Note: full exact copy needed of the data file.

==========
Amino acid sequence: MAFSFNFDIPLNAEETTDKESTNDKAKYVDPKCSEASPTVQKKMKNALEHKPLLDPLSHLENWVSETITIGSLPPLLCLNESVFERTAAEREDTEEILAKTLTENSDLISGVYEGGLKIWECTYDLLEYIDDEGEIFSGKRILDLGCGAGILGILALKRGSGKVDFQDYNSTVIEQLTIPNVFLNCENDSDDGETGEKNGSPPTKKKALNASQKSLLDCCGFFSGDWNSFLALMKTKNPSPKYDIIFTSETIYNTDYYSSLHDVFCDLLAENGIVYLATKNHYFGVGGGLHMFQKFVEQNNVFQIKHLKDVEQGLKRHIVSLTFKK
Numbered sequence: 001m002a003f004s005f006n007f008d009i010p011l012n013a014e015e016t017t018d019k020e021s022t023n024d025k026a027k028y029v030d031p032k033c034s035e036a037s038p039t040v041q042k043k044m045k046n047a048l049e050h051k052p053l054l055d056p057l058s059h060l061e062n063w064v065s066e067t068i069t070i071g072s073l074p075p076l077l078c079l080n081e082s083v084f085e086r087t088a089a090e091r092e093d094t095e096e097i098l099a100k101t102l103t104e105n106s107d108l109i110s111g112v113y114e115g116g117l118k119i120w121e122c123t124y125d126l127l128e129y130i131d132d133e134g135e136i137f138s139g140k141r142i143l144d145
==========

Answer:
Amino acid sequence: MAFSFNFDIPLNAEETTDKESTNDKAKYVDPKCSEASPTVQKKMKNALEHKPLLDPLSHLENWVSETITIGSLPPLLCLNESVFERTAAEREDTEEILAKTLTENSDLISGVYEGGLKIWECTYDLLEYIDDEGEIFSGKRILDLGCGAGILGILALKRGSGKVDFQDYNSTVIEQLTIPNVFLNCENDSDDGETGEKNGSPPTKKKALNASQKSLLDCCGFFSGDWNSFLALMKTKNPSPKYDIIFTSETIYNTDYYSSLHDVFCDLLAENGIVYLATKNHYFGVGGGLHMFQKFVEQNNVFQIKHLKDVEQGLKRHIVSLTFKK
Numbered sequence: 001m002a003f004s005f006n007f008d009i010p011l012n013a014e015e016t017t018d019k020e021s022t023n024d025k026a027k028y029v030d031p032k033c034s035e036a037s038p039t040v041q042k043k044m045k046n047a048l049e050h051k052p053l054l055d056p057l058s059h060l061e062n063w064v065s066e067t068i069t070i071g072s073l074p075p076l077l078c079l080n081e082s083v084f085e086r087t088a089a090e091r092e093d094t095e096e097i098l099a100k101t102l103t104e105n106s107d108l109i110s111g112v113y114e115g116g117l118k119i120w121e122c123t124y125d126l127l128e129y130i131d132d133e134g135e136i137f138s139g140k141r142i143l144d145